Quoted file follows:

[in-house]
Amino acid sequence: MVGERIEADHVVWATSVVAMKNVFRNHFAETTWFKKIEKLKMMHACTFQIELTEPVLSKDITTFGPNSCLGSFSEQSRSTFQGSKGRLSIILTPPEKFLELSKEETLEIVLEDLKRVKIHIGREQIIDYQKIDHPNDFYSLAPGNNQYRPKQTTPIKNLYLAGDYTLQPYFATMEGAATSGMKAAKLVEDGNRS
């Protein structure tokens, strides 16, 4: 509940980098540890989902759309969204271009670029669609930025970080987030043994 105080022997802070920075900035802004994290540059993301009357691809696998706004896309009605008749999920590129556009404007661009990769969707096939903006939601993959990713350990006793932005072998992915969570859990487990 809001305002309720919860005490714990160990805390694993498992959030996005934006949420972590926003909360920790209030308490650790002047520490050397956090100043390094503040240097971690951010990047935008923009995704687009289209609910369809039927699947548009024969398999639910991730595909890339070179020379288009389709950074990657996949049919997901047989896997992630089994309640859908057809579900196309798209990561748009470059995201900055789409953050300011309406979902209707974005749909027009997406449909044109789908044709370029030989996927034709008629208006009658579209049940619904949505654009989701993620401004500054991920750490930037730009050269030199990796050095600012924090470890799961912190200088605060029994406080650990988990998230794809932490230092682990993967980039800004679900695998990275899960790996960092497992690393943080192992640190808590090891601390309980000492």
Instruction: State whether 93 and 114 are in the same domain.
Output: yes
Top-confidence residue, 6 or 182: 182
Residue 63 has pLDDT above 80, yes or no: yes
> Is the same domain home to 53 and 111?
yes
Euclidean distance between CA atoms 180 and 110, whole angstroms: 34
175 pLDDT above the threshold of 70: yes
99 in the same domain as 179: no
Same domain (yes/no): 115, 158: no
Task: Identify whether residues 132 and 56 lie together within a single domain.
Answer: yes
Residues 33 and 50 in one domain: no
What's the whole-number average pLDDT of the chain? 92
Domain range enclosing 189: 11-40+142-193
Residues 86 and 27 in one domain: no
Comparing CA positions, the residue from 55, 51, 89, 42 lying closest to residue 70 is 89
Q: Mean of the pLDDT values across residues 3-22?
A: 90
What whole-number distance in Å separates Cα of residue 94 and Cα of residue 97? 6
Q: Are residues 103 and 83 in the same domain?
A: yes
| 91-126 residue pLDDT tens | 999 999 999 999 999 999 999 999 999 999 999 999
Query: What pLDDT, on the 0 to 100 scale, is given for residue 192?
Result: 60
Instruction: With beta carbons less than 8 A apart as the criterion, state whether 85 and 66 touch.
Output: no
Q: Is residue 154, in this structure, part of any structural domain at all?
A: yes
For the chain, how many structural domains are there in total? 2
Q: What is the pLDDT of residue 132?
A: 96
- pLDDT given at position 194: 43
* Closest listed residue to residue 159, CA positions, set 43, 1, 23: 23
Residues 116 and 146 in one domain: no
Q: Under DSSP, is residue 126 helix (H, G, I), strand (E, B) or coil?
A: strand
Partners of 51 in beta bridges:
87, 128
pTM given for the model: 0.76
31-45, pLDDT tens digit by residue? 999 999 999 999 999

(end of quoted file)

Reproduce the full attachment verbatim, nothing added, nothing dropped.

[in-house]
Amino acid sequence: MVGERIEADHVVWATSVVAMKNVFRNHFAETTWFKKIEKLKMMHACTFQIELTEPVLSKDITTFGPNSCLGSFSEQSRSTFQGSKGRLSIILTPPEKFLELSKEETLEIVLEDLKRVKIHIGREQIIDYQKIDHPNDFYSLAPGNNQYRPKQTTPIKNLYLAGDYTLQPYFATMEGAATSGMKAAKLVEDGNRS
């Protein structure tokens, strides 16, 4: 509940980098540890989902759309969204271009670029669609930025970080987030043994 105080022997802070920075900035802004994290540059993301009357691809696998706004896309009605008749999920590129556009404007661009990769969707096939903006939601993959990713350990006793932005072998992915969570859990487990 809001305002309720919860005490714990160990805390694993498992959030996005934006949420972590926003909360920790209030308490650790002047520490050397956090100043390094503040240097971690951010990047935008923009995704687009289209609910369809039927699947548009024969398999639910991730595909890339070179020379288009389709950074990657996949049919997901047989896997992630089994309640859908057809579900196309798209990561748009470059995201900055789409953050300011309406979902209707974005749909027009997406449909044109789908044709370029030989996927034709008629208006009658579209049940619904949505654009989701993620401004500054991920750490930037730009050269030199990796050095600012924090470890799961912190200088605060029994406080650990988990998230794809932490230092682990993967980039800004679900695998990275899960790996960092497992690393943080192992640190808590090891601390309980000492």
Instruction: State whether 93 and 114 are in the same domain.
Output: yes
Top-confidence residue, 6 or 182: 182
Residue 63 has pLDDT above 80, yes or no: yes
> Is the same domain home to 53 and 111?
yes
Euclidean distance between CA atoms 180 and 110, whole angstroms: 34
175 pLDDT above the threshold of 70: yes
99 in the same domain as 179: no
Same domain (yes/no): 115, 158: no
Task: Identify whether residues 132 and 56 lie together within a single domain.
Answer: yes
Residues 33 and 50 in one domain: no
What's the whole-number average pLDDT of the chain? 92
Domain range enclosing 189: 11-40+142-193
Residues 86 and 27 in one domain: no
Comparing CA positions, the residue from 55, 51, 89, 42 lying closest to residue 70 is 89
Q: Mean of the pLDDT values across residues 3-22?
A: 90
What whole-number distance in Å separates Cα of residue 94 and Cα of residue 97? 6
Q: Are residues 103 and 83 in the same domain?
A: yes
| 91-126 residue pLDDT tens | 999 999 999 999 999 999 999 999 999 999 999 999
Query: What pLDDT, on the 0 to 100 scale, is given for residue 192?
Result: 60
Instruction: With beta carbons less than 8 A apart as the criterion, state whether 85 and 66 touch.
Output: no
Q: Is residue 154, in this structure, part of any structural domain at all?
A: yes
For the chain, how many structural domains are there in total? 2
Q: What is the pLDDT of residue 132?
A: 96
- pLDDT given at position 194: 43
* Closest listed residue to residue 159, CA positions, set 43, 1, 23: 23
Residues 116 and 146 in one domain: no
Q: Under DSSP, is residue 126 helix (H, G, I), strand (E, B) or coil?
A: strand
Partners of 51 in beta bridges:
87, 128
pTM given for the model: 0.76
31-45, pLDDT tens digit by residue? 999 999 999 999 999